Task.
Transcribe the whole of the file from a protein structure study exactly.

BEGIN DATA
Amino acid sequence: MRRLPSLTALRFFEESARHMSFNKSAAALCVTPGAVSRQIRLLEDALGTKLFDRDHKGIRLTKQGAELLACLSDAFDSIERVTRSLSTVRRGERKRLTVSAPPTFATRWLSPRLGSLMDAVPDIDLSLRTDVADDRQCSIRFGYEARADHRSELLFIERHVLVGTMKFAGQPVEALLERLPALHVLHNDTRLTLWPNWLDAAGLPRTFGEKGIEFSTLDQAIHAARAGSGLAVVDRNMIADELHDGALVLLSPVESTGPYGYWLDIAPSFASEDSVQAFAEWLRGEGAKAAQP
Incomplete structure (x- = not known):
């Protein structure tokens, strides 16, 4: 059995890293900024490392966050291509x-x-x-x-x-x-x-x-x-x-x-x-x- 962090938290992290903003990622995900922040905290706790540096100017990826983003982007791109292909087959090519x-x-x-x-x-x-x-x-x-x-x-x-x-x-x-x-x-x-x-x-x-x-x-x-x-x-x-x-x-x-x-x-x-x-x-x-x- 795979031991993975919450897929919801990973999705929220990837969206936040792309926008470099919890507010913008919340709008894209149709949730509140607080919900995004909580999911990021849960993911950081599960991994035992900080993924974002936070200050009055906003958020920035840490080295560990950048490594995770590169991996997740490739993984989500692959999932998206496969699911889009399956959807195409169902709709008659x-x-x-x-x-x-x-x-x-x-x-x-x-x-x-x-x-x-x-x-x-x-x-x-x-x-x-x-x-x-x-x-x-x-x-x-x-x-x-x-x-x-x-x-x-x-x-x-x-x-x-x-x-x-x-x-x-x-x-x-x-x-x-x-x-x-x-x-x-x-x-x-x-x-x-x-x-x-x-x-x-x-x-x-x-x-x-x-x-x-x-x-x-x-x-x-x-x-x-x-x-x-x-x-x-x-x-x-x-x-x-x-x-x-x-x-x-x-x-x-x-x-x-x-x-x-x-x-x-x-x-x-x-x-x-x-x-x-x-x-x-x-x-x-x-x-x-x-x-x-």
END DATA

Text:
Amino acid sequence: MRRLPSLTALRFFEESARHMSFNKSAAALCVTPGAVSRQIRLLEDALGTKLFDRDHKGIRLTKQGAELLACLSDAFDSIERVTRSLSTVRRGERKRLTVSAPPTFATRWLSPRLGSLMDAVPDIDLSLRTDVADDRQCSIRFGYEARADHRSELLFIERHVLVGTMKFAGQPVEALLERLPALHVLHNDTRLTLWPNWLDAAGLPRTFGEKGIEFSTLDQAIHAARAGSGLAVVDRNMIADELHDGALVLLSPVESTGPYGYWLDIAPSFASEDSVQAFAEWLRGEGAKAAQP
Incomplete structure (x- = not known):
């Protein structure tokens, strides 16, 4: 059995890293900024490392966050291509x-x-x-x-x-x-x-x-x-x-x-x-x- 962090938290992290903003990622995900922040905290706790540096100017990826983003982007791109292909087959090519x-x-x-x-x-x-x-x-x-x-x-x-x-x-x-x-x-x-x-x-x-x-x-x-x-x-x-x-x-x-x-x-x-x-x-x-x- 795979031991993975919450897929919801990973999705929220990837969206936040792309926008470099919890507010913008919340709008894209149709949730509140607080919900995004909580999911990021849960993911950081599960991994035992900080993924974002936070200050009055906003958020920035840490080295560990950048490594995770590169991996997740490739993984989500692959999932998206496969699911889009399956959807195409169902709709008659x-x-x-x-x-x-x-x-x-x-x-x-x-x-x-x-x-x-x-x-x-x-x-x-x-x-x-x-x-x-x-x-x-x-x-x-x-x-x-x-x-x-x-x-x-x-x-x-x-x-x-x-x-x-x-x-x-x-x-x-x-x-x-x-x-x-x-x-x-x-x-x-x-x-x-x-x-x-x-x-x-x-x-x-x-x-x-x-x-x-x-x-x-x-x-x-x-x-x-x-x-x-x-x-x-x-x-x-x-x-x-x-x-x-x-x-x-x-x-x-x-x-x-x-x-x-x-x-x-x-x-x-x-x-x-x-x-x-x-x-x-x-x-x-x-x-x-x-x-x-």